The LFC will build on its first report published in 2013 which proposed devolving the full suite of property tax revenues – including council tax, stamp duty land tax and business rates – giving London the ability to invest in its own infrastructure and promote economic growth.

In its interim report published in October, the LFC restated its endorsement of these findings and also made a number of additional proposals including assigning a proportion of Income Tax and VAT to London and devolving London’s share of the apprenticeship levy to the capital. It made the case for a more ambitious programme of devolution, one which can support economic growth in London and across the UK.

The LFC is currently working on the final report which will draw on a range of evidence, including oral evidence sessions held in London, Birmingham and Manchester. It also held a session to take evidence from London’s diverse communities. The report is due to be released early next year.

A City for All Londoners

The Mayor recently published a vision document setting his policy directions for the next four years called A City for All Londoners.  

This document outlines the capital’s top challenges and opportunities across priority policy areas, as well as the changes that City Hall wants to deliver over the next four years.

Included in this document is the Mayor’s commitment to develop a Strategic Infrastructure Investment Programme for London, increase public transport investment, deliver more housing and improve London’s air quality whilst moving towards a zero carbon city by 2050.

These priorities will shape the Mayor’s forward infrastructure agenda, and integrate with strategies under development including the London Plan and Mayor’s Transport Strategy.

Response to the National Infrastructure Commission and Autumn Statement announcements

The Mayor welcomes the Government’s announcement of the new National Productivity Investment Fund (NPIF), which will provide £23 billion of spending between 2017/18 and 2021/22, on technology, housing and transport infrastructure. This investment will be targeted at improving the UK’s poor productivity and lower growth forecasts, resulting from Brexit.

The National Infrastructure Commission will be responsible for making recommendations to support this expenditure, and have recently announced a call for evidence for a national infrastructure assessment. The GLA recently inputted into the methodology that will be used to shape this assessment.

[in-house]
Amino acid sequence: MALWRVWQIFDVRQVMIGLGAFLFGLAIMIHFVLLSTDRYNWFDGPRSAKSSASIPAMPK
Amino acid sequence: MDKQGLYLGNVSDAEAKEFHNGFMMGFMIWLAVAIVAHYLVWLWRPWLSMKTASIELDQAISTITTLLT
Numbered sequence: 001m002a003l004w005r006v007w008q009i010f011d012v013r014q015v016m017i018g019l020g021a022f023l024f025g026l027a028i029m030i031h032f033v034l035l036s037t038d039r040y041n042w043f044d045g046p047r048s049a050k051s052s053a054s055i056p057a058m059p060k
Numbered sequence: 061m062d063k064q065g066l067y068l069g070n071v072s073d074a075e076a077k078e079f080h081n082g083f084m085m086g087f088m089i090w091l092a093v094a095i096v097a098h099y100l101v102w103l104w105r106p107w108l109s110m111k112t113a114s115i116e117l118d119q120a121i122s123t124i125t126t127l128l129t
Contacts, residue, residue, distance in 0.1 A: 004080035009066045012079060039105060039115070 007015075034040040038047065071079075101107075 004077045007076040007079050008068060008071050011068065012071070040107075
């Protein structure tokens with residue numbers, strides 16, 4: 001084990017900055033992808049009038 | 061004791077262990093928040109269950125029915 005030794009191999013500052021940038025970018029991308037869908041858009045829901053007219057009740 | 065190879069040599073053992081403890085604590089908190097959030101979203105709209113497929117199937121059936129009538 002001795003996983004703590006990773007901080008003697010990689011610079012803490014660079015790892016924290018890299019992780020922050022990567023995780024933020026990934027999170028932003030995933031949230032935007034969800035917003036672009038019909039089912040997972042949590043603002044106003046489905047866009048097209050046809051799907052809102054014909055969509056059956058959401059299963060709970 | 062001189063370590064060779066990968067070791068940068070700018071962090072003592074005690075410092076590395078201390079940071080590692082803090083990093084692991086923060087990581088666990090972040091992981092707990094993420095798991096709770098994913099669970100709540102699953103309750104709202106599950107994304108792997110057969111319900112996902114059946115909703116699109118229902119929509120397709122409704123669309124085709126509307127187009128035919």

Responses to the call for evidence are to be submitted by February 2017. The GLA Group will make a comprehensive submission on behalf of London. If you wish to input into this submission please contact us


Wider South East Collaboration

During the second half of 2016 progress was made on all strands of the Wider South East (WSE) collaboration work – including the strand on infrastructure improvement areas.

The following 13 strategic areas were endorsed by the WSE Political Steering Group as priorities for joint promotion and lobbying:

  • East West Rail and new road link (Oxford -Cambridge)
  • North Downs Rail Link (Gatwick – Reading)
  • A27/M27/A259 and rail corridor (Dover – Southampton)
  • West Anglia Mainline and Crossrail 2 North (London – Stansted-Cambridge-Peterborough)
  • Great Eastern Mainline (London – Ipswich – Norwich)
  • Thames Gateway Essex: C2C and A13 (London – South Essex / London Gateway Port)
  • Thames Gateway Kent: Crossrail 1 extension East and HS1 route (London – North Kent – Channel Tunnel)
  • Lower Thames Crossing
  • Brighton Mainline (London – Gatwick – Brighton)
  • South West Mainline and Crossrail 2 South West (London – Surrey / southern access to Heathrow)
  • Great Western Mainline (London – Reading / western access to Heathrow)